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Author Topic: Making Reverb  (Read 10436 times)


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Re: Making Reverb
« Reply #15 on: August 10, 2010, 01:40:57 PM »
Fahey, it would be great if you tell me how to make the reverb from scratch. In this way, I can see if I can really make from scratch. If it is possible, I think I will do it. The only problem at hand is just I am quite busy with my work lately...

All I know about the spring tank, are springs with transducers.

J M Fahey

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Re: Making Reverb
« Reply #16 on: August 10, 2010, 01:53:00 PM »
Hi Phatt.
Yes, that tiny magnet is both the secret and the difficult part to source.
I'm trying tp convince the ferrite-maker to make a new batch for me.
Of course I'll have to supply the pressed parts myself.
That particular die is cheap, because it can be turned on a lathe.
Yet, I sold mine (an old WW2 vintage monstrosity) because it took much valuable floorspace and today it's cheaper for me to outsource that job than paying a fixed salary to somebody who would work only a few days in the month, but i'm toying with the idea of buying a cheap Chinese "jeweller's lathe" specifically to make little gadgets.
My ex-partner, with whom I'm in excellent terms, has bought a CNC controlled XYZ mill with which he makes incredible cabinets machined out of solid aluminum for his Rupert Neve clones Mic Preamps.
Using that I will be able to recover much of my dies and then some.
No, I won't mill die steel, but the master parts in solid Copper and then use those for electro-erosion.
New technologies are much more home friendly than old ones.
*If* I get my magnets , I'll send you a couple dozen for you to experiment.
Ah!!, the wire that keeps them "in the air" and has a hook on one end glued to the mainspring is stainless steel wire, a.k.a .010 guitar string.
Really, having the magnets, everything else is relatively easy.
Then you'll have a real custom Phatt reverb, with 3 foot vertically mounted springs .
Hi TrialABC.
OK, I'll tell you.
You will save nothing, if it's the idea; you will be able to buy 50 tanks with what you'll spend, but as an experiment , it's great.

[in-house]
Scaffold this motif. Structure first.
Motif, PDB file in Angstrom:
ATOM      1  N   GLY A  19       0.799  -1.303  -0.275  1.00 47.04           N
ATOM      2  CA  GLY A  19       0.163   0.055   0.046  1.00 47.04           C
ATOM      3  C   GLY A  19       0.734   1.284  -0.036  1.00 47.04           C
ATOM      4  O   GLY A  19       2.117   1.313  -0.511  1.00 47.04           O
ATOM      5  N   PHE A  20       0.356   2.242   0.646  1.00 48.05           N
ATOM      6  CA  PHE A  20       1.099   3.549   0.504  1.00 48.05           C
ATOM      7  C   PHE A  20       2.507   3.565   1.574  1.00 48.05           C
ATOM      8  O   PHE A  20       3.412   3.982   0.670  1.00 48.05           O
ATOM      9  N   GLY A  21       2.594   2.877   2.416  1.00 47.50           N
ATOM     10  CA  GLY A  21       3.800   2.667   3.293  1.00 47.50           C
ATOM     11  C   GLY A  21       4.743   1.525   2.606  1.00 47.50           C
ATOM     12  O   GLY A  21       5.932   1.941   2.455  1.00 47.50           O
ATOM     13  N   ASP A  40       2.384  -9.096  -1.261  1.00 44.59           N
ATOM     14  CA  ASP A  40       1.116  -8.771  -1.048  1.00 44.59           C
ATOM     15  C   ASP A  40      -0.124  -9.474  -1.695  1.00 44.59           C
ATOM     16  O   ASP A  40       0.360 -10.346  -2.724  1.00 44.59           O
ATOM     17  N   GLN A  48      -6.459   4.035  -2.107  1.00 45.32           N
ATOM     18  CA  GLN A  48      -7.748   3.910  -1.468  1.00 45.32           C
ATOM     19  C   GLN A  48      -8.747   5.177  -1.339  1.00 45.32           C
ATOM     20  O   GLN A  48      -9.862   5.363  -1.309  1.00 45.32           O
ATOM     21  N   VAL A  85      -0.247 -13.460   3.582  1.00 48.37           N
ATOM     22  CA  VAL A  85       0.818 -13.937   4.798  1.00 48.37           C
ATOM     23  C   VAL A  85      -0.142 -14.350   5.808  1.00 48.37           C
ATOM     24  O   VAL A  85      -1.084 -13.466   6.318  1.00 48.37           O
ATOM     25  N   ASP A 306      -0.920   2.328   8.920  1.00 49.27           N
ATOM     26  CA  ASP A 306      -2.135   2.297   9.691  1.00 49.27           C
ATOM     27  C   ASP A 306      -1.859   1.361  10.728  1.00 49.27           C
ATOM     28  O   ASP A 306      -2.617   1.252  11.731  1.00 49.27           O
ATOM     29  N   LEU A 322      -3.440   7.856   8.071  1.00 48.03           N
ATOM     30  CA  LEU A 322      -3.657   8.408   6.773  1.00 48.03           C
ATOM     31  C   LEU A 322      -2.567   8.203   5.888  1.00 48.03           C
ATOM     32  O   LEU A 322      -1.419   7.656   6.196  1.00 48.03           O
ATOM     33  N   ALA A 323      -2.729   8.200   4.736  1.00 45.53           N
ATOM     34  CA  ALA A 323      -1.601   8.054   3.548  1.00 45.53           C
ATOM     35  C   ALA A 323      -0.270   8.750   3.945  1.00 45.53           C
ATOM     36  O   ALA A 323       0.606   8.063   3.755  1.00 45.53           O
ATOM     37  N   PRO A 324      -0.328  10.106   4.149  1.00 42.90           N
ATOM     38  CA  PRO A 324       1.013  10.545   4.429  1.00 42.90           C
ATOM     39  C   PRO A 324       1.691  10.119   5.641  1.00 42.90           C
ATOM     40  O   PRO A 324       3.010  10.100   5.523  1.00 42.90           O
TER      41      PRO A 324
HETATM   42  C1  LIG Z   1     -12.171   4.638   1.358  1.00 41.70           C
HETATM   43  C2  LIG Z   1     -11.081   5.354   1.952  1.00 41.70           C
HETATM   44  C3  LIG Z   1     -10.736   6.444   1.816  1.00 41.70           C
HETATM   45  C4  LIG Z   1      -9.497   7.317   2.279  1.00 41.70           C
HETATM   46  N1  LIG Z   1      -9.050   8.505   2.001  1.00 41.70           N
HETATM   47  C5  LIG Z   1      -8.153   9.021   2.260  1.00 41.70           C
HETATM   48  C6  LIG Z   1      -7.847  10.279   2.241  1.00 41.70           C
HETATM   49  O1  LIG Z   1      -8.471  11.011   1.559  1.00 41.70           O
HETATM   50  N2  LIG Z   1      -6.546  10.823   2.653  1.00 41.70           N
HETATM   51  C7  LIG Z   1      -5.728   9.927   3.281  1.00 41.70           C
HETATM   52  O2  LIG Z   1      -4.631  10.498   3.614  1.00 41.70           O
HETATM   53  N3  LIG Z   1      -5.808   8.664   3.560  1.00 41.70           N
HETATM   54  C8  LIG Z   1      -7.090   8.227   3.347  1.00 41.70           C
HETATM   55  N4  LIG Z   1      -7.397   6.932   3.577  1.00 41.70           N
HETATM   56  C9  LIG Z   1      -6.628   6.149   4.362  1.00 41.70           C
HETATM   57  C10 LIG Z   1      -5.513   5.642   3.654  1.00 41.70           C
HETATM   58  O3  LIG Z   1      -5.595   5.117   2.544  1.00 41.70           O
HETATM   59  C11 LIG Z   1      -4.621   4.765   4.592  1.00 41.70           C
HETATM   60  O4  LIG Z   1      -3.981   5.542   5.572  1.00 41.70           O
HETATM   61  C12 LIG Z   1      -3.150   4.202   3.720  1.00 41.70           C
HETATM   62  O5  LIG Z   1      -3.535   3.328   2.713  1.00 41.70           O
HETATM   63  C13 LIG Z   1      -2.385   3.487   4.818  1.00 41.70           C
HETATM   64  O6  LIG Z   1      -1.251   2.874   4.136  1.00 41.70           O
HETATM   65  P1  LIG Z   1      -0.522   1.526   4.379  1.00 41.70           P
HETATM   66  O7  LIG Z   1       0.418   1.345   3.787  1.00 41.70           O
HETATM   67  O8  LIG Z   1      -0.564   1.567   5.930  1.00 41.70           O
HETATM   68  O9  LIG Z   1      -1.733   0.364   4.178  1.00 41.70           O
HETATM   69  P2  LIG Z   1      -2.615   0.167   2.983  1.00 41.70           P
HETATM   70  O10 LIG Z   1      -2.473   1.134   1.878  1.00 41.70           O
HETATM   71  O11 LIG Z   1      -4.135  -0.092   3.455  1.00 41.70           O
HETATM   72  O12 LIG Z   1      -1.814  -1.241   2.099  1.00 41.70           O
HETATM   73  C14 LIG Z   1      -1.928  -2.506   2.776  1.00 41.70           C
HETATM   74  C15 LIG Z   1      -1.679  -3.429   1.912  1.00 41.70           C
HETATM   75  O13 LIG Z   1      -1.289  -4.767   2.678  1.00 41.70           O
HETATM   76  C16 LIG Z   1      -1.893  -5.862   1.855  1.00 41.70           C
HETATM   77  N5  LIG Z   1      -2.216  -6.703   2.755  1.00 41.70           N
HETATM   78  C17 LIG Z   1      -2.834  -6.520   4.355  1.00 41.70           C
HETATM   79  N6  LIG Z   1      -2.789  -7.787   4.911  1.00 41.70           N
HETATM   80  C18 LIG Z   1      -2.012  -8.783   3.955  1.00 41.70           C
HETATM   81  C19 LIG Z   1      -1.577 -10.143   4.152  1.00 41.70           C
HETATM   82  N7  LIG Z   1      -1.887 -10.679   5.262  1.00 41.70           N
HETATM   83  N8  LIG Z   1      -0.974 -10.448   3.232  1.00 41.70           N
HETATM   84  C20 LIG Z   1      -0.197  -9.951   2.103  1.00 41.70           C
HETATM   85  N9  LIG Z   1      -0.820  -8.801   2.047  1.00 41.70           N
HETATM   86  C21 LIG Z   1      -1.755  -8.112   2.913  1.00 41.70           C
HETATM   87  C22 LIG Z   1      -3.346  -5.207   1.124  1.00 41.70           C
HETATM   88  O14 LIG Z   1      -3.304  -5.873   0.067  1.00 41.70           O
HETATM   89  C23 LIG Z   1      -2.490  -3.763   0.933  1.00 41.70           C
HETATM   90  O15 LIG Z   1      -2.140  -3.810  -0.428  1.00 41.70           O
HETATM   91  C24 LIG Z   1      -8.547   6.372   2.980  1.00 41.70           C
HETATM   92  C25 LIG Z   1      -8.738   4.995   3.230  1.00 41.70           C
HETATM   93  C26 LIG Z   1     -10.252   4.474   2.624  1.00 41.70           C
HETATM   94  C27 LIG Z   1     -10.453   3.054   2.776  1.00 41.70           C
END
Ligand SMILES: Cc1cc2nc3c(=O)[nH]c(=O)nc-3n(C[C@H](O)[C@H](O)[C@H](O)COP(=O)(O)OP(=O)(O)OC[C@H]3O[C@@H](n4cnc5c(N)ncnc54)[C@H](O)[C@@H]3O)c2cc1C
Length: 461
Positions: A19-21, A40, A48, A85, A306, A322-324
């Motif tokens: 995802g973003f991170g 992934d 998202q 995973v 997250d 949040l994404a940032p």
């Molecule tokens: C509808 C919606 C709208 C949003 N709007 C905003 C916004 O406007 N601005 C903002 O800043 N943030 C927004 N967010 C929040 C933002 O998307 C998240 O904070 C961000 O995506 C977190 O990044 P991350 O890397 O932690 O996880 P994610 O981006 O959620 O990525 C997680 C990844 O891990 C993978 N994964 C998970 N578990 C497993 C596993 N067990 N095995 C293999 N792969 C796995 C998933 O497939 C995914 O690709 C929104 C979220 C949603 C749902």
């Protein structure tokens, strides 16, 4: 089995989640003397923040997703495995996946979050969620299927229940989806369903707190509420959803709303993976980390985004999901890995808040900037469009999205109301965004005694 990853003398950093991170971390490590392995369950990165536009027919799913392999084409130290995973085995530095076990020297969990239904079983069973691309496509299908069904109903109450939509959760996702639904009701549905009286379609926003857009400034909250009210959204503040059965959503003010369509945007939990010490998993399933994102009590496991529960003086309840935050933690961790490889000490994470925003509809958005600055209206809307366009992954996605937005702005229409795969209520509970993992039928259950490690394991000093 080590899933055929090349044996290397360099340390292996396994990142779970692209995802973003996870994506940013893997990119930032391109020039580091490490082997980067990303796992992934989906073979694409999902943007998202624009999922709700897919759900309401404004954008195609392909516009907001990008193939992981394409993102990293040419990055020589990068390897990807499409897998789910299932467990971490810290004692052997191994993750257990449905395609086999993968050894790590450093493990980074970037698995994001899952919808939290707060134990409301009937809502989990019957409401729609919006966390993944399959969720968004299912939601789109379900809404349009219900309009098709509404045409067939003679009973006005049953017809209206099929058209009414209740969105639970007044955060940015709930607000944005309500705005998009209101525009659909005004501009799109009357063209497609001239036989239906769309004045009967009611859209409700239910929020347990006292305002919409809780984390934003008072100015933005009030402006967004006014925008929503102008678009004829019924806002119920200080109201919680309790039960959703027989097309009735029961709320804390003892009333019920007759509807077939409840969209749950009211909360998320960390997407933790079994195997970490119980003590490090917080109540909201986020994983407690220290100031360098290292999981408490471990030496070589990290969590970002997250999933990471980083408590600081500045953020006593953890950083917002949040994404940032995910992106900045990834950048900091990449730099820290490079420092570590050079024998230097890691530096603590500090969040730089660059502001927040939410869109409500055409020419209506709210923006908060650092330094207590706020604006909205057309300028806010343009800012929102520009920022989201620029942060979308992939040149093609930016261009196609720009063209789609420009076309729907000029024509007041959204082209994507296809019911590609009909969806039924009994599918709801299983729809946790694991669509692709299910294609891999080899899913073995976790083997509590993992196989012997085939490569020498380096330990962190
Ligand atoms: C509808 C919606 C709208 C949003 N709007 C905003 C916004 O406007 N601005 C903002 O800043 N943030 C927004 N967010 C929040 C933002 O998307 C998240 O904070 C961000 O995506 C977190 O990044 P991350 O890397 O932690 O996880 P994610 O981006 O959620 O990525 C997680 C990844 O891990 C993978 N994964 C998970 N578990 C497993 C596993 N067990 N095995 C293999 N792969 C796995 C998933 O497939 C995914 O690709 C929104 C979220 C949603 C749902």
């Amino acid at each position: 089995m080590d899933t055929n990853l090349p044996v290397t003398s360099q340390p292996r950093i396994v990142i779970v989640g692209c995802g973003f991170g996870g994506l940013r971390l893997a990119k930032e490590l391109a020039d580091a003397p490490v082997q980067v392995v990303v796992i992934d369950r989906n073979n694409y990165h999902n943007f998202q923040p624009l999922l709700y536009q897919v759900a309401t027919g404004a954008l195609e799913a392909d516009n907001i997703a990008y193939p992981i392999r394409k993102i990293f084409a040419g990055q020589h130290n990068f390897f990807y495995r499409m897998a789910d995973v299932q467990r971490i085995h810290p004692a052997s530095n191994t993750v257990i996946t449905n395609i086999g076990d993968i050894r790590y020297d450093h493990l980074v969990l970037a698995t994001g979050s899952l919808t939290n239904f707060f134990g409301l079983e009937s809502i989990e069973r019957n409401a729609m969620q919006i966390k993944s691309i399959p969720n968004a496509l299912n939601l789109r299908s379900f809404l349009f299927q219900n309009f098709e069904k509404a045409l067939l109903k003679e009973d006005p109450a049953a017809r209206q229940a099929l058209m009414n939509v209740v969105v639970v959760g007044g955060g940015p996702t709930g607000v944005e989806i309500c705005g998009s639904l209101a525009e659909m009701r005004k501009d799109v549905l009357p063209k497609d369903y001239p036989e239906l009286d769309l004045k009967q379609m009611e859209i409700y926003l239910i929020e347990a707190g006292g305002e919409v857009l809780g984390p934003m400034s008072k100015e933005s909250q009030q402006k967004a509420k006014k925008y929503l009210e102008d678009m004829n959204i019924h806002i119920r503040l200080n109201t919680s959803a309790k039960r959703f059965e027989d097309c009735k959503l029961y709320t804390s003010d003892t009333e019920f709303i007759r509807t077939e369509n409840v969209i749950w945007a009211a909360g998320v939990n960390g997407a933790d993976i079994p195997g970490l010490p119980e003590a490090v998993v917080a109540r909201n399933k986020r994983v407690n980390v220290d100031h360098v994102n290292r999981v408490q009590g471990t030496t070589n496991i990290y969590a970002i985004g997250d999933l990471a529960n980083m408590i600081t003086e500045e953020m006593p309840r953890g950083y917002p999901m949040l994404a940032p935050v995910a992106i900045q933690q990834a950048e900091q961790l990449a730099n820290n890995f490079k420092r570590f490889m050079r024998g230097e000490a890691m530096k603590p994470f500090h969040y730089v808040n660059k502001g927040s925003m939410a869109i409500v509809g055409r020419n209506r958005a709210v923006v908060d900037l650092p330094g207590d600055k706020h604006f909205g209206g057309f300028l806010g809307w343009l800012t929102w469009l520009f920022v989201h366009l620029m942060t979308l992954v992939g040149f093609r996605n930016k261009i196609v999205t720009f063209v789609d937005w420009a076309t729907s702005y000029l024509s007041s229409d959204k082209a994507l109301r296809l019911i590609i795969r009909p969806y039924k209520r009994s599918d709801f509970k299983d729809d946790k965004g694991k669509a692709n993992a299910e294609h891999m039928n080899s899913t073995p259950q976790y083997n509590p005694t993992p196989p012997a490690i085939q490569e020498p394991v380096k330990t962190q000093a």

As I said above, I'm trying to make a batch which will be good business for me, but I'll experiment with the "modern" magnets I got.
I'll post some pictures along the way.
I repeat, if you need one for some amplifier, buy some dead amp at a garage sale for a couple bucks and recover it from there .... now if you want to have fun during some long boring weekends ....


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Re: Making Reverb
« Reply #17 on: August 29, 2010, 09:33:59 AM »
       Sorry been busy.
Thanks for such a very kind offer but I suspect you would do it more justice.
I am only a humble hobby flux sniffer and now that I've got the Reverb I always wanted, I'm not about to embark on mass production.  :duh
(Just quitely, My Darling wife will devorce me if take on more projects). :grr

With the digital stuff now there is not as much interest in the old stuff so long as the younger ones get to see how the older teck worked they might appreciate the dedication of people such as yourself who obviously have spent years accumilating the intricate know how of building such devices.

On the surface a spring reverb might look like a simple and basic device but
Gee wizz don't try and build one over a weekend from scratch.

Saying I took 10 years to perfect a working SR unit of pro quality might look like I'm a slow learner,,, but heck it taught me so much and forced me to go read books that
I would have never otherwise bothered to read.
I was not the kind of chap to settle for a very dull sounding kit unit that was very noisey.   No I wanted a Real One. :trouble

Before finding computers and the internet there was only books and I did get
very lucky as some wonderful gentleman saw my predicament and gave me a copy of
*Art of Electonics by Horowitz &Hill*.

Wow A big help indeed but with limited understanding I found the maths very hard yakka. As a novice you just keep reading and by design and a strong desire you eventually start to grasp the more detailed stuff.

Then finally a computer arrived and again same chap handed me some circuit sims and finally the dots started to join together and I could see without even burning my fingers with hot solder (or the need of expensive test gear) just how the intricate details of each part of an amplifier worked.
So while trying to build a reverb I actually learnt how the whole amplifier worked and that is a very empowering feeling to know that with some hard work I can not only build a very good reverb I can also build Amps that will sound just as good as the expensive shop gear.

Thanks,, Phil